Mr. PLESSER. There is not a policy dispute here. There is not a policy dispute about the fact that the FBI or other law enforcement should be able to get access to digital communications through title III warrants. There is not a policy dispute. There is a technology solutions dispute. There is a dispute as to whether the solution is really appropriate in the proposed legislation, whether or not it has the normal boundaries legislation should normally have, and whether or not it identifies the solutions. The technical case has not been made. No one is arguing with the policy case.

Representative EDWARDS. Have you a written proposal, or have you talked to the telephone companies about your idea of a compromise, Mr. Berman?

Mr. BERMAN. The Berman compromise. I think that before moving to legislation that structures a whole set of band-aids, it would be better to perhaps go back and look at why this informal process is not working. In other words, maybe there are not enough people at the table. Maybe it needs to be that there—you know, if it took the FBI a long time to figure out that call forwarding was a problem, if there had been an ongoing dialog about what new technologies were being developed and they had input from the industry, the might have been aware of the problem and worked cooperatively with industry towards a solution much sooner. And I do not think that you can just limit that to the telephone industry because it is the cable industry and it is the computer industry. But rather than putting a big stick on top of them with fines and injunctions, perhaps a Federal advisory board or a more structured process for looking at these issues over a period of time with reporting back to Congress and everybody keeping everybody's foot to the fire and trying to identify problems and create a process for working on these might be a better solution than going this far towards an industrial policy approach.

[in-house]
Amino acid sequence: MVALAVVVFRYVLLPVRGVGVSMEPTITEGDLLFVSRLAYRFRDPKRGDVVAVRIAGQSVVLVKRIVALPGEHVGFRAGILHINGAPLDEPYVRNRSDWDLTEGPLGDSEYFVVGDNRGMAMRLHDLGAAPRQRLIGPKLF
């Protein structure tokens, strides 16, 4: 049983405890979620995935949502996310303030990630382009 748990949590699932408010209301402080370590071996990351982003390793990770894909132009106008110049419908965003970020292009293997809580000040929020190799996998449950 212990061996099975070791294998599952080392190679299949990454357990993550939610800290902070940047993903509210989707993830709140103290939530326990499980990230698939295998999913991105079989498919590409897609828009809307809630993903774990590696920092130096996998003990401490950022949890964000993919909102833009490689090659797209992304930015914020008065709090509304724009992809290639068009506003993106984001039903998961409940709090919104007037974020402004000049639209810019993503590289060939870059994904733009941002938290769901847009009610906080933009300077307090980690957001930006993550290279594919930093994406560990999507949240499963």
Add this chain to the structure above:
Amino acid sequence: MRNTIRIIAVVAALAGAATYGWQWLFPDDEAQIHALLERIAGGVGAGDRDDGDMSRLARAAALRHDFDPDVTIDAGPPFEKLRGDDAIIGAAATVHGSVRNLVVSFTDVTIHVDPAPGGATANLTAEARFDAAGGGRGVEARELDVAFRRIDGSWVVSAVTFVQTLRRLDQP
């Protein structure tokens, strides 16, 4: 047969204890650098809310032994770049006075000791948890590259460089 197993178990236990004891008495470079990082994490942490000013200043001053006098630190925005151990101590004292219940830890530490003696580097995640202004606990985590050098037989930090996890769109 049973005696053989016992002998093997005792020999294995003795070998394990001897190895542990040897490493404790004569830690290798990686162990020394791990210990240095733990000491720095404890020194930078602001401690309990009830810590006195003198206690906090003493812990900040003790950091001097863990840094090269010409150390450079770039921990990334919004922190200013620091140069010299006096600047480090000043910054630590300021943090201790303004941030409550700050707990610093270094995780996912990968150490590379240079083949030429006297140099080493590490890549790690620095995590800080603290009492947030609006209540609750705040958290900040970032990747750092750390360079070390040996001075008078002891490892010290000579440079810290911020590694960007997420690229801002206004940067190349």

Representative EDWARDS. I think your bringing up the matter of the NCIC is timely because historically we have had to watch the development of the NCIC, while encouraging it as a very valuable law enforcement tool, to make sure that it does not become a Big Brother. And with all the requests for involvement in the NCIC, think we have kept it relatively pure, although we have had some defeats where it is being used for non-law-enforcement purposes. So I think that as a model, we do need the

Mr. BERMAN. We did bring together—and you have brought together-experts from different parts of industry, the computer industry, law enforcement, privacy, and they have worked together. I think in many ways the industry is moving to try and meet the standards of the FBI in terms of software design and hardware design, and I think that from a privacy point of view, privacy interests ought to be represented at that table as they discuss those requirements even outside of legislation so that there is a process which is weighing these issues as the technology is developed and deployed and comes out of the shop.

Maybe Congress can do some very narrow surgical legislation that creates a process which, you know, if it does not work, then you can come back and escalate. But to go from informal process